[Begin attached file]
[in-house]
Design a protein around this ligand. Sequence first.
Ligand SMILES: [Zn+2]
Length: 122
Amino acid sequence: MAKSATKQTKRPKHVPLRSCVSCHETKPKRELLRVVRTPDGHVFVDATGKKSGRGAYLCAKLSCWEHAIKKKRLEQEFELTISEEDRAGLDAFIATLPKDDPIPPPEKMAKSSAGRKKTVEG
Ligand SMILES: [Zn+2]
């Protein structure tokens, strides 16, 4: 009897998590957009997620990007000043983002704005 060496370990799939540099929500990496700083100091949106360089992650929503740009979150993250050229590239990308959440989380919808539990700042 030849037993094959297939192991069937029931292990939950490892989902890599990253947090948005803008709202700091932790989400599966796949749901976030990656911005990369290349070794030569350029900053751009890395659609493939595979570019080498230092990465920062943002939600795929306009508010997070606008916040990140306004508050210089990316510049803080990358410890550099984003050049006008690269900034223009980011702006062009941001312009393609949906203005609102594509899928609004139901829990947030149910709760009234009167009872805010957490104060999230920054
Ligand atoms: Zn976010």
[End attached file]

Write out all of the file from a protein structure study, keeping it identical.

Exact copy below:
[in-house]
Design a protein around this ligand. Sequence first.
Ligand SMILES: [Zn+2]
Length: 122
Amino acid sequence: MAKSATKQTKRPKHVPLRSCVSCHETKPKRELLRVVRTPDGHVFVDATGKKSGRGAYLCAKLSCWEHAIKKKRLEQEFELTISEEDRAGLDAFIATLPKDDPIPPPEKMAKSSAGRKKTVEG
Ligand SMILES: [Zn+2]
């Protein structure tokens, strides 16, 4: 009897998590957009997620990007000043983002704005 060496370990799939540099929500990496700083100091949106360089992650929503740009979150993250050229590239990308959440989380919808539990700042 030849037993094959297939192991069937029931292990939950490892989902890599990253947090948005803008709202700091932790989400599966796949749901976030990656911005990369290349070794030569350029900053751009890395659609493939595979570019080498230092990465920062943002939600795929306009508010997070606008916040990140306004508050210089990316510049803080990358410890550099984003050049006008690269900034223009980011702006062009941001312009393609949906203005609102594509899928609004139901829990947030149910709760009234009167009872805010957490104060999230920054
Ligand atoms: Zn976010």